Pages Menu
Categories Menu

Posted by on Jul 9, 2015 in Tell Me Why |

Why Are Some Stars Brighter than Others?

Why Are Some Stars Brighter than Others?

Stars may appear very bright because they are bright, or because they are close to the Earth. The stars are not all at the same distance from us. Some stars are closer and some are farther away. The closer a star is to us, the brighter it will appear.

Stars are actually great balls of glowing gases – their brightness depending upon their size and temperature. Larger stars usually shine more brightly than smaller stars do. So, how bright a star appears in the night sky depends on its size and how far away from us it is.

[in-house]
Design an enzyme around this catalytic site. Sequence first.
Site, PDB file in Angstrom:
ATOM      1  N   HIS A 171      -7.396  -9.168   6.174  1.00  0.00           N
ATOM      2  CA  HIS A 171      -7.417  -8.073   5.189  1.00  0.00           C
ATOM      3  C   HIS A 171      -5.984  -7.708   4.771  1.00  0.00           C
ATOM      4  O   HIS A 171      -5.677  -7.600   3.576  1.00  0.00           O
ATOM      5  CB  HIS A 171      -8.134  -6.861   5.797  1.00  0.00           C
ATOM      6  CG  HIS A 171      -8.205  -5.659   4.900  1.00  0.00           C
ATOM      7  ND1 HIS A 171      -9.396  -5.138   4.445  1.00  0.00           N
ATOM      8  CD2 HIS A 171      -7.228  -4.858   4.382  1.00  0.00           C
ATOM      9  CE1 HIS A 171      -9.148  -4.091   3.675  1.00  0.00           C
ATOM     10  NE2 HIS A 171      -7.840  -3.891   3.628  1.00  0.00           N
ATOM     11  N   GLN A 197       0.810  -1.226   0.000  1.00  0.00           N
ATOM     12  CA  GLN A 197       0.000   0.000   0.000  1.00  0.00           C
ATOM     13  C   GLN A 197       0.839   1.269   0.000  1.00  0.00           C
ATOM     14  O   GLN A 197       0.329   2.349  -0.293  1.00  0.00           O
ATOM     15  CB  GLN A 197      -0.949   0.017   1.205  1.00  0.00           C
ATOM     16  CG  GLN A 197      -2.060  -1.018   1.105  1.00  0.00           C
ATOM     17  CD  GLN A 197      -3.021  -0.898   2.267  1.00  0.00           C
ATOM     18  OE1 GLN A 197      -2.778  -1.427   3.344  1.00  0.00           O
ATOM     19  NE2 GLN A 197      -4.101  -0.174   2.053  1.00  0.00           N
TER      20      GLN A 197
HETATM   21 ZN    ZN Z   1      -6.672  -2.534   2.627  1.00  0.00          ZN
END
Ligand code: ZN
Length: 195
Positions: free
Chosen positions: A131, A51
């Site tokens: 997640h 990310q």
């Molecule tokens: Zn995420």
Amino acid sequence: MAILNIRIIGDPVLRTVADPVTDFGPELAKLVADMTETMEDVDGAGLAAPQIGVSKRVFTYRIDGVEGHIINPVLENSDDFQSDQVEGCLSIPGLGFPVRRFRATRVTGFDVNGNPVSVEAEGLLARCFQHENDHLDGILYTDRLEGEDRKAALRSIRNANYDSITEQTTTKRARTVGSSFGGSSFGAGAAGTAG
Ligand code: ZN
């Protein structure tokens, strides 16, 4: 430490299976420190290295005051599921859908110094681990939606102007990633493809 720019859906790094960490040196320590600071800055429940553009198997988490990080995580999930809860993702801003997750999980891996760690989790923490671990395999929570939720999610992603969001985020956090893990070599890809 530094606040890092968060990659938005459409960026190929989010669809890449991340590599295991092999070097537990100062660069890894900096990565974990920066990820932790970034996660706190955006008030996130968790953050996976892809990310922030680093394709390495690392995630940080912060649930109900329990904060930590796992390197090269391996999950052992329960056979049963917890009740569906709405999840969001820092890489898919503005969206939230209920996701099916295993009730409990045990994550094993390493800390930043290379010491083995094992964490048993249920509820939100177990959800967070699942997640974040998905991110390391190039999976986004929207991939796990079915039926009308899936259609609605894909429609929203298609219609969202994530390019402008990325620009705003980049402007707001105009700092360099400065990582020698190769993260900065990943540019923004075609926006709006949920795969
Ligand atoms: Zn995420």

Astronomers measure the brightness of stars by magnitude. A bright star may be zero or first magnitude. Stars that are just visible to the naked eye are called stars of the sixth magnitude. Each magnitude is 2 ½ times brighter than the next magnitude. Therefore, a first-magnitude star is 100 times as bright as a sixth magnitude star.

Content for this question contributed by Brian Brogan, resident of Cincinnati, Hamilton County, Ohio, USA